OP-ED: State must increase funding to grow UC enrollment by 20,000
San Francisco Chronicle, Daniel Hare and James A. Chalfant, 6-8-16
Daniel Hare is a professor of entomology at UC Riverside, and James A. Chalfant is a professor of agricultural and resource economics at UC Davis. Hare is the 2015-16 chair of the UC Academic Senate; Chalfant will be the 2016-17 chair. Both are faculty representatives to the UC Board of Regents.
As University of California professors, we are heartened by efforts to enroll thousands of additional students at UC campuses but concerned that quality, timely graduation and access to classes might be sacrificed for the sake of rapid enrollment growth. The current UC plan is to enroll 5,000 more California undergraduates for the coming academic year than were enrolled last year, and an additional 5,000 over the following two years, a total bump of 10,000 students by 2018-19.
This week, state Senate and Assembly members engaged in budget-conference committee negotiations about different proposals to increase enrollment of Californians by thousands more students than UC’s current goals.
If legislators and the governor ultimately reach agreement on how to support expanded access for Californians to a UC education, they must also ensure there is funding to pay for it. The ingredients for student success and timely graduation require that the state invest at least $10,000 per student — the state’s historical share of the $24,000 annual cost of educating a UC student. Some suggest that UC simply admit fewer nonresidents to provide more access to residents. When a nonresident doesn’t occupy a classroom seat, such proponents argue, that translates to one more seat for a Californian. But that logic is flawed.
The primary reason UC’s ability to increase access for residents has been limited is because the state has not been funding its share; the best way to expand access for Californians is for the state to pay its share of that cost. UC enrolls nonresidents only after it has met its commitment to enrolling eligible and funded California students. Whether enrollment grows by 10,000 over the next three years or by 20,000, as some legislators have proposed, UC campuses will face serious challenges.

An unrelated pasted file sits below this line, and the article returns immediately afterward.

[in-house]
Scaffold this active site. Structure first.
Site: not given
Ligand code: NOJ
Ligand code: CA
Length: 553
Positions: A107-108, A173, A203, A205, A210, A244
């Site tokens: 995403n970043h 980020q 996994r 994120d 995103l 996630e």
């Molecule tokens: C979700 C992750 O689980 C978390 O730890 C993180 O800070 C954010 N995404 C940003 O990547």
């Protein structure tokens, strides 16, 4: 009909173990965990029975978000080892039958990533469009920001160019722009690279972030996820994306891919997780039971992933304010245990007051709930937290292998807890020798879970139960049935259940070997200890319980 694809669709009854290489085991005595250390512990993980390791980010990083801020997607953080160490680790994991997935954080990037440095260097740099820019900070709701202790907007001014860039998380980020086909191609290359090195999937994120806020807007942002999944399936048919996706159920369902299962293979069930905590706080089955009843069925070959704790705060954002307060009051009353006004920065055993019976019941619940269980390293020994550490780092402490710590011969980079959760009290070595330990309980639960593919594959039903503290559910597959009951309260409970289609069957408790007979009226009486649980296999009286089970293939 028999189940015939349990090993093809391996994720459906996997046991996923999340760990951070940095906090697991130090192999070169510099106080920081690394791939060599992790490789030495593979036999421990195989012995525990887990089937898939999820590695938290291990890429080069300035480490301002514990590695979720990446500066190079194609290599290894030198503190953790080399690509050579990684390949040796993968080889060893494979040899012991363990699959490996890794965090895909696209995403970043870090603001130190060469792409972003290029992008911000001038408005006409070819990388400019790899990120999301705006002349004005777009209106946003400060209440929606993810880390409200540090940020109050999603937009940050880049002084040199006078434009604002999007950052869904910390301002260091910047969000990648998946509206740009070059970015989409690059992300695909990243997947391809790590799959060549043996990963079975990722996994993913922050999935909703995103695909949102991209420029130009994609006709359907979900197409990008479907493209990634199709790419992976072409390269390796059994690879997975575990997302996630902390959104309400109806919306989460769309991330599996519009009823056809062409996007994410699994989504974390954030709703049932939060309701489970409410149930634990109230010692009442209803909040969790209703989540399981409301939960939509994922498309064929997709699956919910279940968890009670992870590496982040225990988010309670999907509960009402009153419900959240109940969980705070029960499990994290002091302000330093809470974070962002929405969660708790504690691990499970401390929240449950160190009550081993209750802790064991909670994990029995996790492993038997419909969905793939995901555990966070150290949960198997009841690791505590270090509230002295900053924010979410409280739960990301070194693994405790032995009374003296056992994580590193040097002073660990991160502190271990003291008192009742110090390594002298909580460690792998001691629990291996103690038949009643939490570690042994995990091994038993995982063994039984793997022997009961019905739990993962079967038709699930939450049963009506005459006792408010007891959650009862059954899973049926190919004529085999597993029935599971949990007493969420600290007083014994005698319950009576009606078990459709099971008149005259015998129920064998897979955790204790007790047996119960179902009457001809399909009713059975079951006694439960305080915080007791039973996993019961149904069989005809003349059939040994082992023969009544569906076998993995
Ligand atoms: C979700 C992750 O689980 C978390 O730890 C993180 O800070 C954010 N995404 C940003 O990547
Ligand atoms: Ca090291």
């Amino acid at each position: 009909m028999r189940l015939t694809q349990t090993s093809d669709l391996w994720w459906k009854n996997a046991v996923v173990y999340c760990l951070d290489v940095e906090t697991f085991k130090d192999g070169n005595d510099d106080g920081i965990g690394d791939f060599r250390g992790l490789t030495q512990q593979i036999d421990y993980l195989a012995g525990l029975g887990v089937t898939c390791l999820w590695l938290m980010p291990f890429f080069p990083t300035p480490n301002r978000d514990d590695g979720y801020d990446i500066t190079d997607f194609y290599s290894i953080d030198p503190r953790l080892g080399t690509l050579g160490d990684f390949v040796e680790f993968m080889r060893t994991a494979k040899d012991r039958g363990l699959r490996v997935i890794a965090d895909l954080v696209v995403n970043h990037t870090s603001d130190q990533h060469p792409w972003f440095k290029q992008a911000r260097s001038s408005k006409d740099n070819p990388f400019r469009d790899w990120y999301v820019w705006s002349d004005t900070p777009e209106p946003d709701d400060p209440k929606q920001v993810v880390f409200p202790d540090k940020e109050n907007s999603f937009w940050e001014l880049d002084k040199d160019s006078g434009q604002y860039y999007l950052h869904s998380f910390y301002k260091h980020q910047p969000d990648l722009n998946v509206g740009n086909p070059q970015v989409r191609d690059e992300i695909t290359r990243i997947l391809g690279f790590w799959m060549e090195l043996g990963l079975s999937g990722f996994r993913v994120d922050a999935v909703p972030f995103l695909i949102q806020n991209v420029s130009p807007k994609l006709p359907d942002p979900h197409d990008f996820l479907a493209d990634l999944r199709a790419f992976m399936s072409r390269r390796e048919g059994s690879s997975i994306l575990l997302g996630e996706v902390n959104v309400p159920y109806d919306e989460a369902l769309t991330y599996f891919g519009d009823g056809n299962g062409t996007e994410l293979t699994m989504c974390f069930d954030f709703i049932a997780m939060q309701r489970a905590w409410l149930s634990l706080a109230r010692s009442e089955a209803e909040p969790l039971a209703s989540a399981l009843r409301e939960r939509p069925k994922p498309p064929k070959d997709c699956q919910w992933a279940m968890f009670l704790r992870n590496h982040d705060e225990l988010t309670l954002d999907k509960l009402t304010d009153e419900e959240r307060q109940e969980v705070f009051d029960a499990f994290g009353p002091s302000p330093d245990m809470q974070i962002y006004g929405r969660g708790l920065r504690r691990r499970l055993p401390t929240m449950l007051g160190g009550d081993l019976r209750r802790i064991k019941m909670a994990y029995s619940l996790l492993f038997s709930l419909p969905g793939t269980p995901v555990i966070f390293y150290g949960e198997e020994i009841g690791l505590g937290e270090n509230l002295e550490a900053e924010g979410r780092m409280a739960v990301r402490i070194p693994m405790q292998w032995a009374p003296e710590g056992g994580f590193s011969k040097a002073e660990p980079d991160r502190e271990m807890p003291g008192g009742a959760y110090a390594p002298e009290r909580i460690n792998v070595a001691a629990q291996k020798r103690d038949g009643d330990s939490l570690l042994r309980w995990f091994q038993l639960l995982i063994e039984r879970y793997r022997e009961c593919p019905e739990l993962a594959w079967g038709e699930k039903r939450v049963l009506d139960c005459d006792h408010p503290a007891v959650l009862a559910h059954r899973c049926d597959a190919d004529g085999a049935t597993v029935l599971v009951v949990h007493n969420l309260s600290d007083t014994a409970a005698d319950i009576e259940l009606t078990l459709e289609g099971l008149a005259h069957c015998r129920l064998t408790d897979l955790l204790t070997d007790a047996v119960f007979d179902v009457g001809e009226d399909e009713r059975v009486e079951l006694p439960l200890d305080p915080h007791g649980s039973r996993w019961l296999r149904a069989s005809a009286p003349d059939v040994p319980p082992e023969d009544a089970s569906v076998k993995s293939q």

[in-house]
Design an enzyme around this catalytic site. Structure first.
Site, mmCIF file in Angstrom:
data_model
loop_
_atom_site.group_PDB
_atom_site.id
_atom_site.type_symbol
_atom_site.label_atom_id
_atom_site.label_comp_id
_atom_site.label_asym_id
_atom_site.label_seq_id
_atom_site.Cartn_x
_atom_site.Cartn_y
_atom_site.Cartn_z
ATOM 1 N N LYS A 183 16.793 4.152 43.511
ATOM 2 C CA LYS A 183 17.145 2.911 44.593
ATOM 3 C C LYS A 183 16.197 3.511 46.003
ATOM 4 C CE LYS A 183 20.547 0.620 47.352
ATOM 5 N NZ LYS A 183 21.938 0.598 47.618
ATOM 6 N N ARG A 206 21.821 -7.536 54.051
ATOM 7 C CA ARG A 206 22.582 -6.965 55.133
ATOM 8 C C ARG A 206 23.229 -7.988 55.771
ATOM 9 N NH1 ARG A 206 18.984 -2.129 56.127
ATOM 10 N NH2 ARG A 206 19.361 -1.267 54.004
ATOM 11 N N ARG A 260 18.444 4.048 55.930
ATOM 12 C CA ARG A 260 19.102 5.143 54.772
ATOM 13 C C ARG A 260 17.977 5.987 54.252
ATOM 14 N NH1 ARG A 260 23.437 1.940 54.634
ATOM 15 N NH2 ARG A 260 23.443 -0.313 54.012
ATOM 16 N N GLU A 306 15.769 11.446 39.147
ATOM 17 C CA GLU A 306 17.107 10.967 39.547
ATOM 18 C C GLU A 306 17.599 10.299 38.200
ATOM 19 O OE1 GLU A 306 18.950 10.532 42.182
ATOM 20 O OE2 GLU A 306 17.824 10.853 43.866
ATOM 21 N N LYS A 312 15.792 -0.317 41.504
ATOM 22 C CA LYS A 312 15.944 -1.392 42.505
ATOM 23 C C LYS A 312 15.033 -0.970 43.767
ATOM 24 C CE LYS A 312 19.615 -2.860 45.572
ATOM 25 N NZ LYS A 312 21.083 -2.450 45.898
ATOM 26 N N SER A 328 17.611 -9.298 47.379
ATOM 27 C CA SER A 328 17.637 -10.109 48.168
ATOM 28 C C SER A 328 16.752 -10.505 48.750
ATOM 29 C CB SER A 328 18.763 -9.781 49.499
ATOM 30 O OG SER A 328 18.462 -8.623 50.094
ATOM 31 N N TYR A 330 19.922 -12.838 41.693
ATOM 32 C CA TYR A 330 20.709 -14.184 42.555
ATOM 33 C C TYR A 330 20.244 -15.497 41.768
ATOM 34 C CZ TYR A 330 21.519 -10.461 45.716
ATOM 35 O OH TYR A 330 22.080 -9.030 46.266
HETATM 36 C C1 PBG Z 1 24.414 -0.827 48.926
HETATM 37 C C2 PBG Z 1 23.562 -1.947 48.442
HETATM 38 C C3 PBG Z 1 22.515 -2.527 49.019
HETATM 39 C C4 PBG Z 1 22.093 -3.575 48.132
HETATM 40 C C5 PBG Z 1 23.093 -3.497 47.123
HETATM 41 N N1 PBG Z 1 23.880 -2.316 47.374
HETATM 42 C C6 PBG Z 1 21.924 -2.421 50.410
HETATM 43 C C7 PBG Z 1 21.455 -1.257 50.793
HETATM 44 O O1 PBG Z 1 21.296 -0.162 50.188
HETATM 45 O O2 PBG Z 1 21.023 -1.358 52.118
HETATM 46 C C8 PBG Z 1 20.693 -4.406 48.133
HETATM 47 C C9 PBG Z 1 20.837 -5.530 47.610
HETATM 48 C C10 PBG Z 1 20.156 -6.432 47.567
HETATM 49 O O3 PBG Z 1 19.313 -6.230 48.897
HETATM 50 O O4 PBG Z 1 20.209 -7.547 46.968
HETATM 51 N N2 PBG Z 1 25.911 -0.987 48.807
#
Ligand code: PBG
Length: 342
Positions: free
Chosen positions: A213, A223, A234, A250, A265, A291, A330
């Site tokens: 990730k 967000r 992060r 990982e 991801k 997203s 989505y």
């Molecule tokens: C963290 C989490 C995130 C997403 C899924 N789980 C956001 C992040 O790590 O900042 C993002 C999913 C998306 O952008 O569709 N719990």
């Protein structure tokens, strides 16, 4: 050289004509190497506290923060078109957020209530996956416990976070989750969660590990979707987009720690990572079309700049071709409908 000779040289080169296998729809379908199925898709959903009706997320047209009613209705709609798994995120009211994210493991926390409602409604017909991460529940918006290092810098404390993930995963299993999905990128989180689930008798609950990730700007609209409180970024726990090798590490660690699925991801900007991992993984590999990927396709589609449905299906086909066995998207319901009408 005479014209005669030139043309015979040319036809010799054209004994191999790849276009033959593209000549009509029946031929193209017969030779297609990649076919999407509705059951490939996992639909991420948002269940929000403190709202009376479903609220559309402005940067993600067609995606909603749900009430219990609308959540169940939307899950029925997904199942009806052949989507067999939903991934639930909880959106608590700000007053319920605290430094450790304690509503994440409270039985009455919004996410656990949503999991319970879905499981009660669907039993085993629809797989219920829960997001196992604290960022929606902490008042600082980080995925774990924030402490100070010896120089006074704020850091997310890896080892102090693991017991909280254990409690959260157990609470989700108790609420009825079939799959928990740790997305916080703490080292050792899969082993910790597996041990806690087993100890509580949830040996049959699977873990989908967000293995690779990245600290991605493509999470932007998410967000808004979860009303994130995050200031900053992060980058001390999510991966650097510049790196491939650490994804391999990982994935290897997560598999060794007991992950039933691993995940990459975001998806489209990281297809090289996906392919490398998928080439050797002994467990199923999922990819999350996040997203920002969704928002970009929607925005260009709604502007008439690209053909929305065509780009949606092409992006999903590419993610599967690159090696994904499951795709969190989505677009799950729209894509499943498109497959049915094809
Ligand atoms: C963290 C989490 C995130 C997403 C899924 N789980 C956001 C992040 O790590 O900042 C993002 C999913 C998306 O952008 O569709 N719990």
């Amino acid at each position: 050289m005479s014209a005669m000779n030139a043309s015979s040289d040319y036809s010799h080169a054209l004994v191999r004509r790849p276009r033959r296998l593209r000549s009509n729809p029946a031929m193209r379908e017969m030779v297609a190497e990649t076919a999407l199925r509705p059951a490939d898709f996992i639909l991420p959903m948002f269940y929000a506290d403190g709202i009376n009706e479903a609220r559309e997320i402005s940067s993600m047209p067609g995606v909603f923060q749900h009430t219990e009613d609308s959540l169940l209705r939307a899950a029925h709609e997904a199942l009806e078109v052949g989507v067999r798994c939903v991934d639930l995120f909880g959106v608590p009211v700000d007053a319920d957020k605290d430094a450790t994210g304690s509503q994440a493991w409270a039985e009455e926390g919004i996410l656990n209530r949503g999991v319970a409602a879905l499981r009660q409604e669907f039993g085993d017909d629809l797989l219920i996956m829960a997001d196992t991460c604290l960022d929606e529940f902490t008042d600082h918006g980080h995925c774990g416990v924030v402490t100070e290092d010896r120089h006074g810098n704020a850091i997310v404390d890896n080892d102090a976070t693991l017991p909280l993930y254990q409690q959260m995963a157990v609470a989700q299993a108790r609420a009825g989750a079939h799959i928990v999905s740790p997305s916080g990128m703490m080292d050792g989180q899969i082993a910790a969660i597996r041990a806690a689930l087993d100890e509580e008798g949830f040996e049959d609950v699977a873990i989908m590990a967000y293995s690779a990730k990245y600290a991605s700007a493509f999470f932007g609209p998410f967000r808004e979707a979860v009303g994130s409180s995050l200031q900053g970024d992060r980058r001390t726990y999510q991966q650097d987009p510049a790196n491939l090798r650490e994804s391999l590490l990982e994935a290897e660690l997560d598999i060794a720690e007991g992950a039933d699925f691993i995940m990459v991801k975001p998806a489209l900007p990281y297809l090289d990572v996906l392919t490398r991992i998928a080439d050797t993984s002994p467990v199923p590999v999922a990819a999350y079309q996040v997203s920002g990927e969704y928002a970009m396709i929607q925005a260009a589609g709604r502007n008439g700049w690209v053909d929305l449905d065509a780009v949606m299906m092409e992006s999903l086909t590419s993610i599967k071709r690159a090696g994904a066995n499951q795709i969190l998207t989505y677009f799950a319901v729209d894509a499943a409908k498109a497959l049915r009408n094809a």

Think of it this way: 10,000 students are the equivalent of half of a good-size campus. With 20,000 more students, we would need a full-campus worth of faculty, with offices and labs to house them, and staff to provide support related to dorms, to food and health care services, to advising on timely progress toward degrees, and to campus safety. Simply calling on UC to lower salaries or other costs doesn’t solve the problem of how to do so without lowering quality. And it is UC’s quality that makes access worth having.
As faculty members, we see our staff stretched thin even now. Following budget cut after budget cut, staff have been asked to find ways to do more with less, and many put in far more hours than they are paid to provide. Asking still more of an already overtaxed staff will not serve anyone well. There is a lot at stake, for future generations as well as the current one.
The University of California has high graduation rates compared with other public universities. The average time to degree is four years and one quarter. More than 80 percent of UC students graduate , and more than 85 percent . Such a high standard will be impossible to maintain without adequate support. Graduation rates matter not only to the students who earn degrees, but also to those aspiring to a UC education — and to the future economic health of the state. The Public Policy Institute of California has warned that California will fall at least a million college degrees short of economic demand by 2030, if current trends continue.
When students graduate in a timely manner, it means others can be admitted. If class offerings and support services can’t keep pace with enrollment increases, fewer students will graduate each year. That’s frustrating, and expensive. All UC students will suffer the consequences of declining quality if there is enrollment growth without adequate funding.